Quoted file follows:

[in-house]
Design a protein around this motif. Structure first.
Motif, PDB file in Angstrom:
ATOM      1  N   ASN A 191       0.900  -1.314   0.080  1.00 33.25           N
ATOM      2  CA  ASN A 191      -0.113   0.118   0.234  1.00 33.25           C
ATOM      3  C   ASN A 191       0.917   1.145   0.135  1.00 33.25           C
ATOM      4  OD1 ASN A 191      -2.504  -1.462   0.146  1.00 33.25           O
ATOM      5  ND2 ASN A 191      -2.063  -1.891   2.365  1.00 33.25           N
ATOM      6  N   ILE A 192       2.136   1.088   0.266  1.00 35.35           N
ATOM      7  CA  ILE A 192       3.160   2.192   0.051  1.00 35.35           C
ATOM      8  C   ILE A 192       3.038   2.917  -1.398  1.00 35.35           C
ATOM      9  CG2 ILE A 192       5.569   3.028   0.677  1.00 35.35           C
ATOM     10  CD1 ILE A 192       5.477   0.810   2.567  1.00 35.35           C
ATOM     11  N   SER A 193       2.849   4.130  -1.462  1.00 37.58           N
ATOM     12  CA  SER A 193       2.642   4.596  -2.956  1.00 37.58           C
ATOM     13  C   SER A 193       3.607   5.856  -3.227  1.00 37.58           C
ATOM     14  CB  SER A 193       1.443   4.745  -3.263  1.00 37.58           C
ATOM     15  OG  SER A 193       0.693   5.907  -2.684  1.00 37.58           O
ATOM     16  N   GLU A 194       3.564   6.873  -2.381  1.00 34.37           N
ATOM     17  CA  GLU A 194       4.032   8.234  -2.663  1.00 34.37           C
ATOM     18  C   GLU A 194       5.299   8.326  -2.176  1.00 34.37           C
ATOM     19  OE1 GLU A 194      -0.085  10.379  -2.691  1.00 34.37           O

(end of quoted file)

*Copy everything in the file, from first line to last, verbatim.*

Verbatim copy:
[in-house]
Design a protein around this motif. Structure first.
Motif, PDB file in Angstrom:
ATOM      1  N   ASN A 191       0.900  -1.314   0.080  1.00 33.25           N
ATOM      2  CA  ASN A 191      -0.113   0.118   0.234  1.00 33.25           C
ATOM      3  C   ASN A 191       0.917   1.145   0.135  1.00 33.25           C
ATOM      4  OD1 ASN A 191      -2.504  -1.462   0.146  1.00 33.25           O
ATOM      5  ND2 ASN A 191      -2.063  -1.891   2.365  1.00 33.25           N
ATOM      6  N   ILE A 192       2.136   1.088   0.266  1.00 35.35           N
ATOM      7  CA  ILE A 192       3.160   2.192   0.051  1.00 35.35           C
ATOM      8  C   ILE A 192       3.038   2.917  -1.398  1.00 35.35           C
ATOM      9  CG2 ILE A 192       5.569   3.028   0.677  1.00 35.35           C
ATOM     10  CD1 ILE A 192       5.477   0.810   2.567  1.00 35.35           C
ATOM     11  N   SER A 193       2.849   4.130  -1.462  1.00 37.58           N
ATOM     12  CA  SER A 193       2.642   4.596  -2.956  1.00 37.58           C
ATOM     13  C   SER A 193       3.607   5.856  -3.227  1.00 37.58           C
ATOM     14  CB  SER A 193       1.443   4.745  -3.263  1.00 37.58           C
ATOM     15  OG  SER A 193       0.693   5.907  -2.684  1.00 37.58           O
ATOM     16  N   GLU A 194       3.564   6.873  -2.381  1.00 34.37           N
ATOM     17  CA  GLU A 194       4.032   8.234  -2.663  1.00 34.37           C
ATOM     18  C   GLU A 194       5.299   8.326  -2.176  1.00 34.37           C
ATOM     19  OE1 GLU A 194      -0.085  10.379  -2.691  1.00 34.37           O